As the only female guide, there are certain skills that only Carleeta can teach to guests, like the art of shell jewelry. When we returned to camp from the midden, we watched as she used a pin to poke perfect holes through the fragile outermost curve of the small shells. The practice of stringing them requires a precise amount of pressure and concentration, otherwise the iridescent spirals turn to gray powder in your hands. It’s the kind of patience that has to be cultivated over time.
“To the average beach-goer, a midden would look like nothing more than a buildup of detritus.”
When she first learned how to make the shell jewelry, she sat for almost an hour, silently observing elder Auntie Audrey. “My mum couldn’t teach me weaving and shells, neither could my nan, but I’m grateful that I’ve been able to regain that knowledge from the walk,” she said. Carleeta thinks it’s been difficult for the Aboriginal Land Council to recruit other young Aboriginal adults to come work with them because few people in her generation are comfortable exercising that kind of patience. She worries that fewer and fewer people at any age are accustomed to moving so slowly through life—even though it’s one of her favorite things about the job.
“A lot of this generation is missing that; they don’t understand that we have so much time on our hands,” she says. “I find when people come out on that walk, how relaxed they feel when they don’t have a schedule. We just have all day long. We have from when the sun comes up until it goes down. And that’s what our people had, you know, they had all day and all night to be able to sit down, to talk and to listen and to practice their culture.”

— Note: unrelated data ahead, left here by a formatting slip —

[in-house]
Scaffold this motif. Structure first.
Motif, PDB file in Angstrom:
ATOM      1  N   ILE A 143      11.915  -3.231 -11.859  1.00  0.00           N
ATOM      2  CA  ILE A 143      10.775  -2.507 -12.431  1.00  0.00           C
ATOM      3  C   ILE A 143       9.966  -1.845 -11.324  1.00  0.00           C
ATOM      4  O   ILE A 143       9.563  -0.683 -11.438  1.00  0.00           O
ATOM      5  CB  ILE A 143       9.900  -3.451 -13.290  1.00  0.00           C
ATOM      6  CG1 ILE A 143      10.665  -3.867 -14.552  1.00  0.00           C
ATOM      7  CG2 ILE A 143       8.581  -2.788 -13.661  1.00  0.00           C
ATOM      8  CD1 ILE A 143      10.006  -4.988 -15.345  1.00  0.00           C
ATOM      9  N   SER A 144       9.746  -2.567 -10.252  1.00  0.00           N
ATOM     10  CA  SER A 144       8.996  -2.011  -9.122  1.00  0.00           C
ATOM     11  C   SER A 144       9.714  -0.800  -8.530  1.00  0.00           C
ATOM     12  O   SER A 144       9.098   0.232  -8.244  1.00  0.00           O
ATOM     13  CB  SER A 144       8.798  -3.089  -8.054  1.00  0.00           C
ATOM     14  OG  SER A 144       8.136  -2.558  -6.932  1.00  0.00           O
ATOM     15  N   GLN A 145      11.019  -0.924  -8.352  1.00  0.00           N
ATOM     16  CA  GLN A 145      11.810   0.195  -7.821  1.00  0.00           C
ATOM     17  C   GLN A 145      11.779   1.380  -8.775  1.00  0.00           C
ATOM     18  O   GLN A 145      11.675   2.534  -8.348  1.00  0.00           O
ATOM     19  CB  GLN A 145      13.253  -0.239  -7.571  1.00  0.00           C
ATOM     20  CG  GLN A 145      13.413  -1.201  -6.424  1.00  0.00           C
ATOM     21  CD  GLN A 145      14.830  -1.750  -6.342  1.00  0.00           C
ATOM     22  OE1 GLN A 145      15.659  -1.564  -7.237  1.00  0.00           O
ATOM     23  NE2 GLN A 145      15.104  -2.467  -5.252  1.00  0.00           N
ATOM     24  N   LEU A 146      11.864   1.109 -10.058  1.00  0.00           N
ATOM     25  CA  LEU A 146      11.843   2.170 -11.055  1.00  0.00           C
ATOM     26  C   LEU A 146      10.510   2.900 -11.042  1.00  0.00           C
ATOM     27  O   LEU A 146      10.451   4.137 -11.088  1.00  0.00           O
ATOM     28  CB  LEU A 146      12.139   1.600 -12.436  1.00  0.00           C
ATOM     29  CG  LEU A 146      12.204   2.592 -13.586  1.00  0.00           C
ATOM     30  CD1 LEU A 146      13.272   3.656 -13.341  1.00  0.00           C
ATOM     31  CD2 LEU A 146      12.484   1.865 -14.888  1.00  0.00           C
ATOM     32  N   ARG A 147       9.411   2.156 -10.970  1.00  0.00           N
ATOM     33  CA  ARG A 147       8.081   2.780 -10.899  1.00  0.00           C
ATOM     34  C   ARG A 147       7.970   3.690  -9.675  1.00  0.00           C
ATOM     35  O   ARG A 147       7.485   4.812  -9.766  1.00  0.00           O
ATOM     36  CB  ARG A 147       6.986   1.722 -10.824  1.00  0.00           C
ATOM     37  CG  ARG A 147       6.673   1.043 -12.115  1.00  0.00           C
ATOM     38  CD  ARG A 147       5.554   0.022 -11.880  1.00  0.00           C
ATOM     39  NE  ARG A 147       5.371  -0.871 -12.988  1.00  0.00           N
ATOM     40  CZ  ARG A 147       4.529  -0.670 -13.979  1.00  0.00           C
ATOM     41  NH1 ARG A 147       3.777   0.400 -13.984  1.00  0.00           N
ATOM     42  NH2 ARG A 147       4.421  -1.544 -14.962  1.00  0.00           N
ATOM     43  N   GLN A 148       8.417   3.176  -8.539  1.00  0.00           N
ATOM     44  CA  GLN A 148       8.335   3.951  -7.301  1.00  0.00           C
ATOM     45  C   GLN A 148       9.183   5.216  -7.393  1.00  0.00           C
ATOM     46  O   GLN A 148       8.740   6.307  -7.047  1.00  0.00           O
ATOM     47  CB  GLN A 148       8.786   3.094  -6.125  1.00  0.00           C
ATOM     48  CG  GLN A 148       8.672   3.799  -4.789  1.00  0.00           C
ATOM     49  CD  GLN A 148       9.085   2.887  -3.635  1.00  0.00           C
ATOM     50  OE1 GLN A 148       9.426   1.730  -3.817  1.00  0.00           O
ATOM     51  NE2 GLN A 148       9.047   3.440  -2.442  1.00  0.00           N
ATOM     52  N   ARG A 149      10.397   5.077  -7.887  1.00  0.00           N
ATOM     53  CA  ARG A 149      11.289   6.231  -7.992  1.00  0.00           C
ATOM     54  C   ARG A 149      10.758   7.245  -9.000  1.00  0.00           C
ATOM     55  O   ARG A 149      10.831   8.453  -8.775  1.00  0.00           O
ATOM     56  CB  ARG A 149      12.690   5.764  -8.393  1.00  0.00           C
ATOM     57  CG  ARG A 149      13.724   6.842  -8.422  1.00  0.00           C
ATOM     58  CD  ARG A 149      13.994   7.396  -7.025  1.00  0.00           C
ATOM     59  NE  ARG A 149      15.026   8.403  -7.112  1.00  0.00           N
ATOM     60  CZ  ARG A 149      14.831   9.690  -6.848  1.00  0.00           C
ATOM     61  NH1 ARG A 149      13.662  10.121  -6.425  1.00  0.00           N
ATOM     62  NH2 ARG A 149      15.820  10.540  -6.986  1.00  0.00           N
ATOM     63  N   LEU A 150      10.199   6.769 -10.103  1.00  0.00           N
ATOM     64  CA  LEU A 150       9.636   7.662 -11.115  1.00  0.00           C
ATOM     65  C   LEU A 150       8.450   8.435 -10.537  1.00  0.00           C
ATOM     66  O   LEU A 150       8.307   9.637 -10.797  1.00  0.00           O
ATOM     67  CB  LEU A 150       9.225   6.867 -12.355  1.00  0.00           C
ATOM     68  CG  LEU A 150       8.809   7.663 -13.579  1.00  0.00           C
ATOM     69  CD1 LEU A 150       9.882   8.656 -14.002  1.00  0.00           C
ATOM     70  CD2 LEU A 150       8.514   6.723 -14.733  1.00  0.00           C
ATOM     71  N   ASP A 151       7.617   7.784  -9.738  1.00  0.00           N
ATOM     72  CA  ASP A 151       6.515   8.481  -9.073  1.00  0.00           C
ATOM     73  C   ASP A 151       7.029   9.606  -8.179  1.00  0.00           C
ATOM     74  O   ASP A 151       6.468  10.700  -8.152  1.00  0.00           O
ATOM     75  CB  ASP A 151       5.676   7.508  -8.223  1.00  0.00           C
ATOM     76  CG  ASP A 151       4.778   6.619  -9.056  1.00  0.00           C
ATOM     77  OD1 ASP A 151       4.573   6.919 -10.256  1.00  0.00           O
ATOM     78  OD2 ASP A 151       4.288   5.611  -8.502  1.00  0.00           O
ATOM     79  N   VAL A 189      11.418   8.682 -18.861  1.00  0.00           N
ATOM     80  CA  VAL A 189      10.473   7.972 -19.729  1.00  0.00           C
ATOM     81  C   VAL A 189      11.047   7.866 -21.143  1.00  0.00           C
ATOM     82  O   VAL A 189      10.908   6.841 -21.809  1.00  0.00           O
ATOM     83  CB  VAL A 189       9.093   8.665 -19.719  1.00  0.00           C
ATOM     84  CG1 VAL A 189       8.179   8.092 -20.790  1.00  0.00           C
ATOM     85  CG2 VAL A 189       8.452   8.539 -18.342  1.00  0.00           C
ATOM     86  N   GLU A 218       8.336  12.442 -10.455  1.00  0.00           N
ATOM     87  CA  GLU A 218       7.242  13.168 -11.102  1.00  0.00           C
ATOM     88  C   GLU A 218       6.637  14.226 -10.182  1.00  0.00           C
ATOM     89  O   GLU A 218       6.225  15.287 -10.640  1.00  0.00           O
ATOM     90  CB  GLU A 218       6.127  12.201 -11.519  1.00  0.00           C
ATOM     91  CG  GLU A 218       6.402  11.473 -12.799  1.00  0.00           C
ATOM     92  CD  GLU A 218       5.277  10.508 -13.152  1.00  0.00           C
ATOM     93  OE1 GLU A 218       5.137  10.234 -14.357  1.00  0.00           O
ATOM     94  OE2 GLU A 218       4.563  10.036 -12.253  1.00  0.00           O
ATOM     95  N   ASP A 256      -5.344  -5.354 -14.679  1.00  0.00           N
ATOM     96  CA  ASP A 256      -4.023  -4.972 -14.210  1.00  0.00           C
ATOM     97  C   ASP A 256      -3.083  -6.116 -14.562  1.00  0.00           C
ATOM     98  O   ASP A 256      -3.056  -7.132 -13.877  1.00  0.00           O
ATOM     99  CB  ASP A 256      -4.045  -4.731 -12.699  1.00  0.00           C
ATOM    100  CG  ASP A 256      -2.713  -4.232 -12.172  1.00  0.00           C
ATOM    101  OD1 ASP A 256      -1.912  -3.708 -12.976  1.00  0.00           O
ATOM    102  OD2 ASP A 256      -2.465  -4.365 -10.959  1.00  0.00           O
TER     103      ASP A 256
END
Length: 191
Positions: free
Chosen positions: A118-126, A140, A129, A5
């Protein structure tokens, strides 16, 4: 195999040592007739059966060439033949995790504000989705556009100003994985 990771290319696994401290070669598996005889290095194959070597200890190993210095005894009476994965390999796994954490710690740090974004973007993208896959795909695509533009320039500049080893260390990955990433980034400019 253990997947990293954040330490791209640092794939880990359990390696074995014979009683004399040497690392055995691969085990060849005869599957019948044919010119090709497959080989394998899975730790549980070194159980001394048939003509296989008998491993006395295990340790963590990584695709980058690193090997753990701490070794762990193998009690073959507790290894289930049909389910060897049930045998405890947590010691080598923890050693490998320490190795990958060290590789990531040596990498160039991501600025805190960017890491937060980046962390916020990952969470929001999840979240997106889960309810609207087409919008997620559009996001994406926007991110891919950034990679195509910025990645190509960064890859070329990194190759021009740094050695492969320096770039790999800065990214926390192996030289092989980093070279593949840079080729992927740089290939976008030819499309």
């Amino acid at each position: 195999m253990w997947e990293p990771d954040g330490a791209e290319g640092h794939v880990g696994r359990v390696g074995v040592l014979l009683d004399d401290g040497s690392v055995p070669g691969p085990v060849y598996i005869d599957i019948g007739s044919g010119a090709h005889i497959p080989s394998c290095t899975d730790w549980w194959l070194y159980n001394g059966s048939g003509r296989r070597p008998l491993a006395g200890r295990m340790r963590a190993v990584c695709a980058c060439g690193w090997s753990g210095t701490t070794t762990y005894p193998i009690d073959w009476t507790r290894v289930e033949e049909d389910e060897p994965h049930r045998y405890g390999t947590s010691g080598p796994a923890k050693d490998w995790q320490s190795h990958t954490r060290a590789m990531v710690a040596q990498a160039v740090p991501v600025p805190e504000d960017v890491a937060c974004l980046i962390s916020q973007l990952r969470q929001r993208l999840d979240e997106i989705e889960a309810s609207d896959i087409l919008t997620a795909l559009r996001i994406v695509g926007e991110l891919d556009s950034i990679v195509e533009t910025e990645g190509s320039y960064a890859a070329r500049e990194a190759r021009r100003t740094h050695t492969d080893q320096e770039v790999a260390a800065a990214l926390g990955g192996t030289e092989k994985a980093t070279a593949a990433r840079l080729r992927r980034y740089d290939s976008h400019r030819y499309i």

I sat in this circle of women and watched Carleeta poke hole after hole before getting the nerve to pick up a needle myself. Carefully, I drove the sharp through the brittle, accidentally crushing several shells until I could better negotiate the strength needed to pierce the tiny object in front of me. The collective focus of the group was almost tangible, like I could bottle it and take it home with me. For a while, it was totally quiet, except for the wind in the trees and the exhale of our breath.
The stories for Here Magazine issue 12 were commissioned well before the World Health Organization declared the COVID-19 crisis a global pandemic. We hope these stories bring the world a little closer to you—and offer some reflection on the world we want to return to once it’s safe to travel again. To learn how you can help affected communities around the world, visit GlobalGiving’s Coronavirus Relief Fund.